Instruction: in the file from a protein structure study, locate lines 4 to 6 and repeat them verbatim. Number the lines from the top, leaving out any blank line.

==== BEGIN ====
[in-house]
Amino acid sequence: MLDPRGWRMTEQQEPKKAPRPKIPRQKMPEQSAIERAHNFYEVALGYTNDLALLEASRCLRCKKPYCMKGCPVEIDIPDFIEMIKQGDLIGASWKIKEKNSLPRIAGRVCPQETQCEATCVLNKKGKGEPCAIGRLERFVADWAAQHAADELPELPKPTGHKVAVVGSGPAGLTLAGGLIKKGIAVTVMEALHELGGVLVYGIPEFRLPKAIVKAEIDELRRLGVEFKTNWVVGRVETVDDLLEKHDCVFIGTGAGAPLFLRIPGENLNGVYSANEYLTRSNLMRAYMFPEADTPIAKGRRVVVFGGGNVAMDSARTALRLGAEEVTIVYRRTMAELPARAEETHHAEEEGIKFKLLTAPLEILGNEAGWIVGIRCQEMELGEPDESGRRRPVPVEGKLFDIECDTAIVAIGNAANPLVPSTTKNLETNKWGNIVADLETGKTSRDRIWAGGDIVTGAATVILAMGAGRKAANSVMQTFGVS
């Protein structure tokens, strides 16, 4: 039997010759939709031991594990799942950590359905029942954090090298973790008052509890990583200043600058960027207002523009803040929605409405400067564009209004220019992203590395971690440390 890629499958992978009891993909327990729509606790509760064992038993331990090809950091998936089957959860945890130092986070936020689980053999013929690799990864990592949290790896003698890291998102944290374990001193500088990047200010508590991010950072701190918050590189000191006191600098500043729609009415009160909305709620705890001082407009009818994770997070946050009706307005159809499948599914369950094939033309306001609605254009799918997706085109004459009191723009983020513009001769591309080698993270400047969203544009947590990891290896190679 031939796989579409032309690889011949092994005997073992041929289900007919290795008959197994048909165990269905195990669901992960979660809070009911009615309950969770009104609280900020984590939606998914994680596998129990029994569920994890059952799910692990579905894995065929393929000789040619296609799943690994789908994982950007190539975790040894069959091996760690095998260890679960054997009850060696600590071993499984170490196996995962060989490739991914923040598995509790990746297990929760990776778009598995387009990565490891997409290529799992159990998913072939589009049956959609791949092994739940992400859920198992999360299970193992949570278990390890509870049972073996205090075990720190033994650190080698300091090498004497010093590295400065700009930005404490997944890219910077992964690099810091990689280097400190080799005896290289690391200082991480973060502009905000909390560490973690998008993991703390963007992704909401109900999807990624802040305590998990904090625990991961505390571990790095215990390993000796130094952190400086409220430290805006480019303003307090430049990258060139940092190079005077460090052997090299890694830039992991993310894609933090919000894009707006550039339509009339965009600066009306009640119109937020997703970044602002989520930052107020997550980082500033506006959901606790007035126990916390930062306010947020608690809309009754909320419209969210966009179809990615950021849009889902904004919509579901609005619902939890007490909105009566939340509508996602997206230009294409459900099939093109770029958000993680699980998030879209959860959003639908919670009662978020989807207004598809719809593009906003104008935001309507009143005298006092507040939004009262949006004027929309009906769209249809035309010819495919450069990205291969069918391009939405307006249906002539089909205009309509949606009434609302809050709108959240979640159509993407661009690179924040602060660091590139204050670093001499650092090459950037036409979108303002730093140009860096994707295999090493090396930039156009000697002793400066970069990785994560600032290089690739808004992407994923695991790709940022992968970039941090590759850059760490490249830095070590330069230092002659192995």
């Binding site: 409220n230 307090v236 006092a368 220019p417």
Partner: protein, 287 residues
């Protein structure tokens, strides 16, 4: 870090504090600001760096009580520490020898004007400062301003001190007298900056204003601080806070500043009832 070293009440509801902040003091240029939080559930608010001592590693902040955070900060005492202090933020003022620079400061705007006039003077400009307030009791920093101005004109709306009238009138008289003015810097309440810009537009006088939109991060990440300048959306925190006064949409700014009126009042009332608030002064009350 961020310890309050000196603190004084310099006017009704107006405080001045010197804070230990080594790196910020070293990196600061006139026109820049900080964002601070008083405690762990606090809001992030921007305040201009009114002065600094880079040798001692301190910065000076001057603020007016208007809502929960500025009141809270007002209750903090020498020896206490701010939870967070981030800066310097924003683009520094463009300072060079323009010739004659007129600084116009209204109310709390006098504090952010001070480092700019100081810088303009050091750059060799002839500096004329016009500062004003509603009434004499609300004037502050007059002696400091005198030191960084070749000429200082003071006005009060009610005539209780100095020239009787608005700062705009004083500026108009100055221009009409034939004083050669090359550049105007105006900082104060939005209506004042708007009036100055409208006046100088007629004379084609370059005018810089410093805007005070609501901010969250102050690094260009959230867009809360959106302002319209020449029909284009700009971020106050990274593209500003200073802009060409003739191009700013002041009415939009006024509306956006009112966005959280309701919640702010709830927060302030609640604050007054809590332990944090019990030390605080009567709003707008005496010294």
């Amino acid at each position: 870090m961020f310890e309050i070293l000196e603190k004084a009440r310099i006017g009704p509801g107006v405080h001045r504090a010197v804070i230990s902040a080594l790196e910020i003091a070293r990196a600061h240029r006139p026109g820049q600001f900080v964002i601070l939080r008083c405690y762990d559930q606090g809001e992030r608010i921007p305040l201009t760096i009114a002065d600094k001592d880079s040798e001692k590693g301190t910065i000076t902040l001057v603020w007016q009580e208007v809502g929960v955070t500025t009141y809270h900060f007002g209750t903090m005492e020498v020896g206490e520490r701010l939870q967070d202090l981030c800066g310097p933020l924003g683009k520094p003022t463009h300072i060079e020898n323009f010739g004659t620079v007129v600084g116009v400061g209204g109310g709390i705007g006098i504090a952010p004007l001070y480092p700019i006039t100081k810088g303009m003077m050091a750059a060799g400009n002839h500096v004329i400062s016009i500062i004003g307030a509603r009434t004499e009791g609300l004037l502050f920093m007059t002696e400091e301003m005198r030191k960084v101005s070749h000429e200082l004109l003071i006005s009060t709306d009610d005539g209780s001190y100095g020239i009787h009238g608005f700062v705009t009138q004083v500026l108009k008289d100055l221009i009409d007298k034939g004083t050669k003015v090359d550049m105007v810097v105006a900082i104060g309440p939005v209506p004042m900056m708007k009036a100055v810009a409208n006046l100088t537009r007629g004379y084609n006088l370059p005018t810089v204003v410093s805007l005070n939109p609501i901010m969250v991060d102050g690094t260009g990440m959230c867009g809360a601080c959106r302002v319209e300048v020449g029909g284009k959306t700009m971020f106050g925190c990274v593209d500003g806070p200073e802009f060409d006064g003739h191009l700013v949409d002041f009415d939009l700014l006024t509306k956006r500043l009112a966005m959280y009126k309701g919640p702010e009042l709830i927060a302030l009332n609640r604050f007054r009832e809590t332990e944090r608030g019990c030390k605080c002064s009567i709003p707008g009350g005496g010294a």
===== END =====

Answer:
């Binding site: 409220n230 307090v236 006092a368 220019p417």
Partner: protein, 287 residues
């Protein structure tokens, strides 16, 4: 870090504090600001760096009580520490020898004007400062301003001190007298900056204003601080806070500043009832 070293009440509801902040003091240029939080559930608010001592590693902040955070900060005492202090933020003022620079400061705007006039003077400009307030009791920093101005004109709306009238009138008289003015810097309440810009537009006088939109991060990440300048959306925190006064949409700014009126009042009332608030002064009350 961020310890309050000196603190004084310099006017009704107006405080001045010197804070230990080594790196910020070293990196600061006139026109820049900080964002601070008083405690762990606090809001992030921007305040201009009114002065600094880079040798001692301190910065000076001057603020007016208007809502929960500025009141809270007002209750903090020498020896206490701010939870967070981030800066310097924003683009520094463009300072060079323009010739004659007129600084116009209204109310709390006098504090952010001070480092700019100081810088303009050091750059060799002839500096004329016009500062004003509603009434004499609300004037502050007059002696400091005198030191960084070749000429200082003071006005009060009610005539209780100095020239009787608005700062705009004083500026108009100055221009009409034939004083050669090359550049105007105006900082104060939005209506004042708007009036100055409208006046100088007629004379084609370059005018810089410093805007005070609501901010969250102050690094260009959230867009809360959106302002319209020449029909284009700009971020106050990274593209500003200073802009060409003739191009700013002041009415939009006024509306956006009112966005959280309701919640702010709830927060302030609640604050007054809590332990944090019990030390605080009567709003707008005496010294």